Since its founding in 1991, the IME has developed pioneering technologies that span the fields of bioelectronics, integrated circuits design and photonics. By actively engaging the wider semiconductor community and identifying global trends in advanced manufacturing, the IME is able to support the growth of emerging applications from the concept, design and prototype phases to full commercialization. Thus, extending the use of MEMS technology to incorporate X-ray imaging detectors will reinforce the IME’s expertise in developing innovative, cost-effective MEMS products and devices for real-world applications.
Through its partnership with the IME, nanoX Imaging joins an increasing number of biotechnology and nanotechnology companies that are establishing research ties and facilities within Singapore. Meanwhile, the IME continues to make a significant contribution to the country’s growing reputation as a hub of MEMS research and development through a variety of cooperative activities. These include co-presenting the MEMS Forum with SEMI, a global industry association that supports advances in the micro- and nanoelectronics industries. Held in May 2013, the forum brought together academics and industry experts to discuss and propose strategies for successfully taking innovative MEMS-based technologies to market.
About the Institute of MicroelectronicsThe Institute of Microelectronics (IME) is a research institute of the Science and Engineering Research Council of the Agency for Science, Technology and Research (A*STAR). Positioned to bridge the R&D between academia and industry, the IME’s mission is to add value to Singapore’s semiconductor industry by developing strategic competencies, innovative technologies and intellectual property; enabling enterprises to be technologically competitive; and cultivating a technology talent pool to inject new knowledge into the industry. Its key research areas are in integrated circuits design, advanced packaging, bioelectronics and medical devices, MEMS, nanoelectronics and photonics.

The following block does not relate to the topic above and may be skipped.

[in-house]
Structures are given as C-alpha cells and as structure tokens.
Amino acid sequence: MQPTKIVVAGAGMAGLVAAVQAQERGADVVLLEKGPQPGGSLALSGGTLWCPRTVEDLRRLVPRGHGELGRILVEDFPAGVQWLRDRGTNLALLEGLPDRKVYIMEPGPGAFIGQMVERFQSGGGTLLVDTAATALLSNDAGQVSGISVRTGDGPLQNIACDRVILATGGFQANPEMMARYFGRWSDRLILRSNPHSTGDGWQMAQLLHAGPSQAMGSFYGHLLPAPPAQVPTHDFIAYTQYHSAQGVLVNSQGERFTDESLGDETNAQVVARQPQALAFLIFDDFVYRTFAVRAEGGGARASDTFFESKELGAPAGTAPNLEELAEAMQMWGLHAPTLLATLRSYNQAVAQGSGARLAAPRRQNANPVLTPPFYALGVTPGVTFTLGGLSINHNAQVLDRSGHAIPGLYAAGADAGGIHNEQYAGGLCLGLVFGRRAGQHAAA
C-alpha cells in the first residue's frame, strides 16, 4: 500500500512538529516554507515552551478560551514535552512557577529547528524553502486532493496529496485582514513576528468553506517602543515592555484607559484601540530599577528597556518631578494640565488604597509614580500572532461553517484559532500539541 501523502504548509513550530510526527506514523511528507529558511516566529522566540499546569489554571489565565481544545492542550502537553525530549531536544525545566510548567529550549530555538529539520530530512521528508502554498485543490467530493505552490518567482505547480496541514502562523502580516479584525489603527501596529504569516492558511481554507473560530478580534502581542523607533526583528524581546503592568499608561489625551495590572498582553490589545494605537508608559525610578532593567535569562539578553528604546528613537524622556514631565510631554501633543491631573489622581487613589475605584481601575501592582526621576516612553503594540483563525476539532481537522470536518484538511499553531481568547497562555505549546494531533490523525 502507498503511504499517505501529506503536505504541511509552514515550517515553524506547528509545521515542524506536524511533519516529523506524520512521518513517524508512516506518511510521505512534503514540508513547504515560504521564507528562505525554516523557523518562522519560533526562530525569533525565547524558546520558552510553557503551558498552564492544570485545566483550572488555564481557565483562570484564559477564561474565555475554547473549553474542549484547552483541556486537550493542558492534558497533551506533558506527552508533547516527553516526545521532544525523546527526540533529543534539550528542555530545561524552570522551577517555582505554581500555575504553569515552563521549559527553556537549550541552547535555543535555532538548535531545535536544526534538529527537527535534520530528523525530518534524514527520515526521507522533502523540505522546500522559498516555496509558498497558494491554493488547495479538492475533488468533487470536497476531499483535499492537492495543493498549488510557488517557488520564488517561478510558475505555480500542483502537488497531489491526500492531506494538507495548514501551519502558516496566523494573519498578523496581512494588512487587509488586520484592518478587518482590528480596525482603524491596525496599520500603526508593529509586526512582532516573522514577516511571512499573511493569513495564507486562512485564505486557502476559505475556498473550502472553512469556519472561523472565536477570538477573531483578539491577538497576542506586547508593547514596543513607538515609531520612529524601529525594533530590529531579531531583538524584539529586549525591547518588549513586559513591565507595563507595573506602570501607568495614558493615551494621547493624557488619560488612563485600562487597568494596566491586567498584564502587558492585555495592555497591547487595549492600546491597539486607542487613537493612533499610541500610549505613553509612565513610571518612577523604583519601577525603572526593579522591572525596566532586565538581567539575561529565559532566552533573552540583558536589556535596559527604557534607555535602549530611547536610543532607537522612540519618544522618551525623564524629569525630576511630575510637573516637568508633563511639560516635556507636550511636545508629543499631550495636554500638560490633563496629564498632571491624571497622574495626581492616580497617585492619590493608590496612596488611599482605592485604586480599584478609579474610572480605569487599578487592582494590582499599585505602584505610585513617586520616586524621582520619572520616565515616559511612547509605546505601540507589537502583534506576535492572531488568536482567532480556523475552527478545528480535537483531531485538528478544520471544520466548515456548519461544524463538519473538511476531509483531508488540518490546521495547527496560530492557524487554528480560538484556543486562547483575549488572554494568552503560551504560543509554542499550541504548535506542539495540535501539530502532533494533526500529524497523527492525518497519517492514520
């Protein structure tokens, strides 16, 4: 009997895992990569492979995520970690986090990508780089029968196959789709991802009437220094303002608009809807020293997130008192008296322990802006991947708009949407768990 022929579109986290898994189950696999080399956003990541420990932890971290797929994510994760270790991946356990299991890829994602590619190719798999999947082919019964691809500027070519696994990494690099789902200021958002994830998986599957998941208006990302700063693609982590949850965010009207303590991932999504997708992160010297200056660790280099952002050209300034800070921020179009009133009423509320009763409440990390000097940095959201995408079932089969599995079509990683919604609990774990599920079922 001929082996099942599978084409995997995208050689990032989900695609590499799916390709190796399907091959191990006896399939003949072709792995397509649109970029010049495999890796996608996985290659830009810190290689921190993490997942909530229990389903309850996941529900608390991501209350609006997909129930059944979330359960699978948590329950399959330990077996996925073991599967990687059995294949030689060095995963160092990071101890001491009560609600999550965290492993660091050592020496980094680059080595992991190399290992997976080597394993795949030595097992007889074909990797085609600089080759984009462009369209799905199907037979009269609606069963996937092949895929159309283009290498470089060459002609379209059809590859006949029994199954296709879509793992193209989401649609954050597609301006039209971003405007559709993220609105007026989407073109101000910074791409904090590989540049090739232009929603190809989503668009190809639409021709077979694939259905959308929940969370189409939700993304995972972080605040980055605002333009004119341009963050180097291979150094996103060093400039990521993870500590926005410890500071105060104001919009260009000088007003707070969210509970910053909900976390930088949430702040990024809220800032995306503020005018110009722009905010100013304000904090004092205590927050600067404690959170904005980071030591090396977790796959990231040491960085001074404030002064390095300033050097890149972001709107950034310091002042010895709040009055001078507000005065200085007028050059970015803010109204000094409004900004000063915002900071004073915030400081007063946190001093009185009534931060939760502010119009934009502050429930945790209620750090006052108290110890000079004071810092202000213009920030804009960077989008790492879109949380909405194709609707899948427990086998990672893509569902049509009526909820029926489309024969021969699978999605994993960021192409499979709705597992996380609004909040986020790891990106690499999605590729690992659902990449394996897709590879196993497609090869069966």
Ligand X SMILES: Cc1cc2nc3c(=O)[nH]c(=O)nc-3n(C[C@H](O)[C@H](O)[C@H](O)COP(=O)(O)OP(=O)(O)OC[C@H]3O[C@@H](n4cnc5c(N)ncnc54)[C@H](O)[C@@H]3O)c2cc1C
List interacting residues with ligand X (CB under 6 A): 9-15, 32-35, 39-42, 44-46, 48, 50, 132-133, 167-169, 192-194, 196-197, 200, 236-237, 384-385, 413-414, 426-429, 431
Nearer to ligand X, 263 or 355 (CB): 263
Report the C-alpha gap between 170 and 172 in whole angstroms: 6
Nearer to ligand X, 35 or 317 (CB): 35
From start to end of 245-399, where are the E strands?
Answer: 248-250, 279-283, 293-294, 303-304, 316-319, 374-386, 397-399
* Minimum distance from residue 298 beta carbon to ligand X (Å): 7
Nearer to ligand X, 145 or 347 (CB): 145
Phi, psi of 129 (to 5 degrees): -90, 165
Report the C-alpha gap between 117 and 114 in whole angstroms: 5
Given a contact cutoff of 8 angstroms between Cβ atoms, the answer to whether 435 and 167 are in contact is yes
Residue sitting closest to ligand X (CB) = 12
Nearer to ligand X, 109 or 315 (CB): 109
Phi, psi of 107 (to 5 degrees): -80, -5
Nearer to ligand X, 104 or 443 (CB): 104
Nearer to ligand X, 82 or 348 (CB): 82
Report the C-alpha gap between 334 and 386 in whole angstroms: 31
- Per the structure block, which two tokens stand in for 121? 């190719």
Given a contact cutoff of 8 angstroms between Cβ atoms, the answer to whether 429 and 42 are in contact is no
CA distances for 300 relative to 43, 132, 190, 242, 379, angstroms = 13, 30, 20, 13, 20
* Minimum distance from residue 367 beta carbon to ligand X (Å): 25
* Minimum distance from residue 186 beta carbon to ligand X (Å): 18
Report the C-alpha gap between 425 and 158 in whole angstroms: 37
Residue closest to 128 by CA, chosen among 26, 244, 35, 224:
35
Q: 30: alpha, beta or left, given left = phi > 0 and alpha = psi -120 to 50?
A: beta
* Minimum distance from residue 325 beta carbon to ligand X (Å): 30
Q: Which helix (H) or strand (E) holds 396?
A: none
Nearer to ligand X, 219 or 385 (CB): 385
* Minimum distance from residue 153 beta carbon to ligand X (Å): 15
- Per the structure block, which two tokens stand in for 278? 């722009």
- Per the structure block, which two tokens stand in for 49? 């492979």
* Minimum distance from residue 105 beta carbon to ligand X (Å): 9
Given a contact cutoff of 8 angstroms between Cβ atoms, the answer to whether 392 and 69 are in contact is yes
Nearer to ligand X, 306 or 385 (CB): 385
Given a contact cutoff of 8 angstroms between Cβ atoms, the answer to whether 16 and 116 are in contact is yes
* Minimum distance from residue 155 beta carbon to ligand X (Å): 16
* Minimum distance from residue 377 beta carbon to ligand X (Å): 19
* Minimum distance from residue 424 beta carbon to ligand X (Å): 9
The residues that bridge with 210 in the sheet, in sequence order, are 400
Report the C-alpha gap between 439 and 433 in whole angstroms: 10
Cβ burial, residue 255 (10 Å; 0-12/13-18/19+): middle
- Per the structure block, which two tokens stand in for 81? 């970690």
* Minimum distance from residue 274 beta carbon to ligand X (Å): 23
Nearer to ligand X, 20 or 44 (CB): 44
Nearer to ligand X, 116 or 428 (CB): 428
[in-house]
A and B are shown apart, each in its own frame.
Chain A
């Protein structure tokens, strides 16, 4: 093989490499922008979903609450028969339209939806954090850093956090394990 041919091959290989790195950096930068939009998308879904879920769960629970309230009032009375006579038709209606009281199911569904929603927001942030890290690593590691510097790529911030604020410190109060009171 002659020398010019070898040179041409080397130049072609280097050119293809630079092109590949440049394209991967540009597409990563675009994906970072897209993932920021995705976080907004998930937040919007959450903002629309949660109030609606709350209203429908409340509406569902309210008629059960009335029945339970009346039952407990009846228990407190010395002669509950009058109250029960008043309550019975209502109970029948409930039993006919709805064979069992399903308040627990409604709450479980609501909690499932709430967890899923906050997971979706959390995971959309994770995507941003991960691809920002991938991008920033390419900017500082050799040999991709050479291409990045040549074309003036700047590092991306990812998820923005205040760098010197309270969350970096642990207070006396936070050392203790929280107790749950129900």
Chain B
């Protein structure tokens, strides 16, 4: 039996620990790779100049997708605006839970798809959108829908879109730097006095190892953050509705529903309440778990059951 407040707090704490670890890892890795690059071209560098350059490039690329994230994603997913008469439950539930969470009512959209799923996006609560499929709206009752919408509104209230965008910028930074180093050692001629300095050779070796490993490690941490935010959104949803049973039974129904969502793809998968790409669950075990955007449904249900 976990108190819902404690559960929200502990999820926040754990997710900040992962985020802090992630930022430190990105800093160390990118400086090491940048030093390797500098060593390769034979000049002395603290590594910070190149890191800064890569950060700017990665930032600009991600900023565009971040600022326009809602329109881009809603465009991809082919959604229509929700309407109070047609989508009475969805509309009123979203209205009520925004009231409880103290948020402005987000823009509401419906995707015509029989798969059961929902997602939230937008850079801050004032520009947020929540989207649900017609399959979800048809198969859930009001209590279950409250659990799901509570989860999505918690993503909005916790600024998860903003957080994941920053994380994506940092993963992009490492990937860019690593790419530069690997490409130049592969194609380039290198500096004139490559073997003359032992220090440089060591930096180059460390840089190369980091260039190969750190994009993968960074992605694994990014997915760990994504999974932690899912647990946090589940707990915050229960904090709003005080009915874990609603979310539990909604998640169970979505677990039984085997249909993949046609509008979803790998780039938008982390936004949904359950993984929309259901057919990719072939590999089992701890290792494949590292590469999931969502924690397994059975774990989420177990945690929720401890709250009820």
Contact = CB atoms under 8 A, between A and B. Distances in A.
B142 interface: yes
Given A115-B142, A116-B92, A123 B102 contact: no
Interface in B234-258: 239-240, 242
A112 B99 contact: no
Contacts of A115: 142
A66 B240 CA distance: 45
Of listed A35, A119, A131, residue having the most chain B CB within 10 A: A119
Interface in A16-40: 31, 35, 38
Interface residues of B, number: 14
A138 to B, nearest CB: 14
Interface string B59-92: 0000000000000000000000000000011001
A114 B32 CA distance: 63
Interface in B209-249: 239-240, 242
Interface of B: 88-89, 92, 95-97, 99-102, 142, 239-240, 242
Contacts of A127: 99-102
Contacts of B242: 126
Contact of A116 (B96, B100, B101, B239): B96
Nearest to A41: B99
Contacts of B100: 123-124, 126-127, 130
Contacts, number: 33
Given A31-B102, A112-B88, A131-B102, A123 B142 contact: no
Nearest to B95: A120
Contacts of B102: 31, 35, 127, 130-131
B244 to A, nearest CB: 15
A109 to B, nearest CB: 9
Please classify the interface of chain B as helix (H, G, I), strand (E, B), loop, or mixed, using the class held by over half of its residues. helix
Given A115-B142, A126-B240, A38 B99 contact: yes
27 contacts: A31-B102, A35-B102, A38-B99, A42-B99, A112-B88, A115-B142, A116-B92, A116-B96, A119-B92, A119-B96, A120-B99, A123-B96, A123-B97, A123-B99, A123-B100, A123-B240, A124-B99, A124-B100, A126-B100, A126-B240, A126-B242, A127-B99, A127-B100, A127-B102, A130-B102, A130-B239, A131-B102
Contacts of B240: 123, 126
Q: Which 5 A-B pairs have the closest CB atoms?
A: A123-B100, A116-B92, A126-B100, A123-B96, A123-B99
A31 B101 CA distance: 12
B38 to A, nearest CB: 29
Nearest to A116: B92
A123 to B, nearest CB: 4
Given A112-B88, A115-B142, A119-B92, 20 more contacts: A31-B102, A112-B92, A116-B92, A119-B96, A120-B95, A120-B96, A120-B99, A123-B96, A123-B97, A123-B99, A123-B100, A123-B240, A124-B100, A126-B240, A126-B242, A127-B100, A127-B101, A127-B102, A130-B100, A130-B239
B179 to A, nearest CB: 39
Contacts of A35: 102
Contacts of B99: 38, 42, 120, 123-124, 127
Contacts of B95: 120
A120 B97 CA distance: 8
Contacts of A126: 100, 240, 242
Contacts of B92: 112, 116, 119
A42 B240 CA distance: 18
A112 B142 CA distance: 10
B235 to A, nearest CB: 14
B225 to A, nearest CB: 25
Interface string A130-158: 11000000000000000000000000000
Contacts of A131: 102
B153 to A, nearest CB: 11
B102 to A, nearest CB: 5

About nanoX Imaging LtdNanoX Imaging is a multinational start-up established in 2012 with business development and management services from top-of-the-line experts in the international medical industry, and technology development branching from a renowned electronic visual device project in the Far East. From bases in Israel, Japan and the United States, the company offers groundbreaking medical imaging solutions.